[Disclosure: Andreessen Horowitz is an investor in Rap Genius, and Andreessen Horowitz partners Marc Andreessen, Jeff Jordan, and Chris Dixon are personal investors in Pando]
Two days ago, it was revealed that the rap lyrics annotation site Rap Genius has been participating in SEO tactics many consider to be shady in order to boost its Google search rankings. In an email, cofounder Mahbod Moghadam offered to tweet out a third party blog post (as part of its “Rap Genius Blog Affiliate” program) as long as the blogger embedded links to Rap Genius’ Justin Bieber lyric pages. By proliferating more inbound links to those pages, Google search crawlers would rank that page higher in search results.
Don’t take my word for it. In the email, Moghadam, with zero self-awareness, offers a defense of this brand of Internet skulduggery, which exploits both social and search:
Yooo waddup! Here is how it works: If you have a dope post that you would like us to tweet out – get you MASSIVE traffic – then put this html (below) at the bottom of the post and send me the URL along with the EXACT text you want tweeted. I will send that shit out and it will bloooowwwww up!
This is an affront to the integrity of Google’s search algorithm, made worse by Moghadam’s flippant attitude. In response, Google has punished Rap Genius by obliterating its standing in search results. Google “Rap Genius” and the site doesn’t show up on the first few pages. It’s a harsh penalty.
Rap Genius says it’s working with Google to get back in the search engine’s good graces. The irony, however, is that Rap Genius says its so-called “Blog Affiliate” program is a small part of its SEO strategy, and I believe them. The real thing driving Rap Genius’ Google juice is that, due to the site’s annotation model, each line of each rap song has its own page. This not only maximizes the site’s presence on search engines, it also increases the likelihood that if a person searches for an individual rap line, Rap Genius will be the top result.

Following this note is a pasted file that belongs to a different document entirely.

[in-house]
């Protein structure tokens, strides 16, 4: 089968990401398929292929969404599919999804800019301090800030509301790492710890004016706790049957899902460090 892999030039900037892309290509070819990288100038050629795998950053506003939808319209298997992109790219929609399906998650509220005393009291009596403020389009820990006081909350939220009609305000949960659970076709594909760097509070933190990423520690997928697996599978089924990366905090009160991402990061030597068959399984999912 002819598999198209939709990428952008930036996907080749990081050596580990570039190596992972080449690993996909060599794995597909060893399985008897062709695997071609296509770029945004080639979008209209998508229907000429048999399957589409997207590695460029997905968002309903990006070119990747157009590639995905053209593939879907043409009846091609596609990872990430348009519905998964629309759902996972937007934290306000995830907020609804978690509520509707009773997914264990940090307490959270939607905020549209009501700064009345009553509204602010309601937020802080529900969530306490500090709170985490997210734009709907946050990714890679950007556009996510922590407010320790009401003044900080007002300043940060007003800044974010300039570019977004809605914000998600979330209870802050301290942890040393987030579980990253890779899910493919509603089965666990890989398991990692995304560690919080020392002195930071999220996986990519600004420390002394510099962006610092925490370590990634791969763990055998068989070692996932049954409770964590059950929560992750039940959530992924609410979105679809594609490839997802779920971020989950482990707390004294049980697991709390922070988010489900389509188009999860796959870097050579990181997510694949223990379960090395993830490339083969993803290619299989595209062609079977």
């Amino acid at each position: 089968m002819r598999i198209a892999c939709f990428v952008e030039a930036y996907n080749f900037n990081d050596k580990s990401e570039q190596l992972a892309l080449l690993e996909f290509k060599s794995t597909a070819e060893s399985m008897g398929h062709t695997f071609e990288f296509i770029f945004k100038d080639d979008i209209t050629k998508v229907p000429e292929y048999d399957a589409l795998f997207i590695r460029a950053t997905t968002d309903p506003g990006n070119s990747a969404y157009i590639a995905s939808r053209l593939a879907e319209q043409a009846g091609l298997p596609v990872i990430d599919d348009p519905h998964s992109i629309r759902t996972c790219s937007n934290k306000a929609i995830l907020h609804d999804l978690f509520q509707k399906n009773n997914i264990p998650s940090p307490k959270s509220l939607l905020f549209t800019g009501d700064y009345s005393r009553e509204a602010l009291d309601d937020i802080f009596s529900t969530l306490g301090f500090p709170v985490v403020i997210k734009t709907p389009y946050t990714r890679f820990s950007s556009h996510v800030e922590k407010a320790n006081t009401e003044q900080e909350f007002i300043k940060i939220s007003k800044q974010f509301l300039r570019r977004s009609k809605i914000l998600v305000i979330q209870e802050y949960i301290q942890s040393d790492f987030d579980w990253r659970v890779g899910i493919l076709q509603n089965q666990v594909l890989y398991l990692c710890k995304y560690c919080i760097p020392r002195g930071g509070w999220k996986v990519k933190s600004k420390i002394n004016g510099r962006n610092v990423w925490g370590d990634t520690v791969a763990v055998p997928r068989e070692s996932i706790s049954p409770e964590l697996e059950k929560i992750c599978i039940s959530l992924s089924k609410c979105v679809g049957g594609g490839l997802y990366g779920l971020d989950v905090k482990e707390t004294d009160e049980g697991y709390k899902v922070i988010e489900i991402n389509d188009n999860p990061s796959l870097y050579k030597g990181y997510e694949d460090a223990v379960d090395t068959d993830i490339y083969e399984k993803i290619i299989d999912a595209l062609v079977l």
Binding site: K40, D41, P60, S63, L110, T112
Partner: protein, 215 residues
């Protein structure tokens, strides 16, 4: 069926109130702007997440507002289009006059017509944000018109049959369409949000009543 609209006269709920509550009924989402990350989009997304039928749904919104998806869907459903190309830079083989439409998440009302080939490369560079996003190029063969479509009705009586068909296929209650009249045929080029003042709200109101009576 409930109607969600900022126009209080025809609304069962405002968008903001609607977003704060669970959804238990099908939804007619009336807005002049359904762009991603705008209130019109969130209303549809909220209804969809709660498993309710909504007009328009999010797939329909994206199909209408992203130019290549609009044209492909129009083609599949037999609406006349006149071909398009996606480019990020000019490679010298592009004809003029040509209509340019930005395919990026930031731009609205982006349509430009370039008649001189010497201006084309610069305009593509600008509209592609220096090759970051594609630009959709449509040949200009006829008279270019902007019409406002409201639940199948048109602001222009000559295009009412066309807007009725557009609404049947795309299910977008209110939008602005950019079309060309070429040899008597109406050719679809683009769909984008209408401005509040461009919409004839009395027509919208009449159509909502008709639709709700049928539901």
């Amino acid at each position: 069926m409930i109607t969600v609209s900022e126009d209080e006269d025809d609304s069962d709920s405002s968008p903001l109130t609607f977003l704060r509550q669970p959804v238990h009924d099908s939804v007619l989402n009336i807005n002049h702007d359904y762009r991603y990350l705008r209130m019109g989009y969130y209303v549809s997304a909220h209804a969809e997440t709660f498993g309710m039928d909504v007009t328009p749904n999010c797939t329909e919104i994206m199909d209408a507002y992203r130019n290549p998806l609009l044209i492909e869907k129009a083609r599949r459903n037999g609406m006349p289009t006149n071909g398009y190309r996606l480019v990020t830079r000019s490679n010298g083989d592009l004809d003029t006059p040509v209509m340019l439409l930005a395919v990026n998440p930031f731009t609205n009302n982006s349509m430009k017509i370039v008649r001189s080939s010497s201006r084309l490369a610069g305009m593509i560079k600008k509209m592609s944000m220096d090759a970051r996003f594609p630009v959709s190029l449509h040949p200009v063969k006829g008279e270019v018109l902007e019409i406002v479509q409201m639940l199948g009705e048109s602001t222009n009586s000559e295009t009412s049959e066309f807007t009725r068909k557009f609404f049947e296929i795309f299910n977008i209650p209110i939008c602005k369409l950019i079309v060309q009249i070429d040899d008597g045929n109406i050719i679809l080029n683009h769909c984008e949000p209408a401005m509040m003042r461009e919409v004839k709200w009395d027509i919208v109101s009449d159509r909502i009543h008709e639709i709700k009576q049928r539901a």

Is this gaming the system? Not really. It’s a natural result of the site’s functionality so Google’s never complained. But this time, it was a cofounder’s cavalier willingness to exploit old school SEO tricks that got it in hot water.
It’s a shame too because Rap Genius has a nice product. Unlike other lyric sites, Rap Genius doesn’t shove pop-up ads in your face. In addition, without the barrage of advertisements, the site loads much more quickly than an average lyric site. The community element and the annotations, while sometimes problematic, add depth to what’s usually a strictly utilitarian genre of Internet content. And now that lyric sites have come under fire for alleged copyright infringement, Rap Genius is one of the only sites that might be safe; their lyrics contain commentary and thus might be considered “fair use.” Even if the “fair use” distinction doesn’t hold up in court, Rap Genius has struck a licensing deal with Sony/ATV Music Publishing, and cofounder Tom Lehman says more deals could be on the way.
Great technology. Great business. Over $15 million in venture funding. Rap Genius has a lot going for it, but it keeps shooting itself in the foot with these needless PR nightmares. There was the infamous mouth-rape tweet. The time Moghadam told Warren Buffett to suck his dick. And a site that already gets criticism for being “white devil sophistry” isn’t doing itself any favors when it casually appropriates hip hop vernacular in emails.
Simply put: Rap Genius needs to take a page from the cautionary tale of Andrew Mason and grow up. Its founders may entertain the press, but there’s a lot more to building a lasting business.
Stars like Kanye West, whose product is largely his personality, can benefit from controversial press. But even though we live in a world where rock stars wants to be entrepreneurs and entrepreneurs want to be rock stars, Rap Genius is proof that as a startup it’s better to keep your head down and focus on building a great business than court needless controversy.
Rap Genius doesn’t need spammy inbound links any more than it needs its founders to spout boneheaded statements to the press.
As they continually refuse to learn this lesson the stakes are getting higher. It’s not merely bad publicity this time. They’ve lost their greatest asset which they had mostly come by honestly: searchability.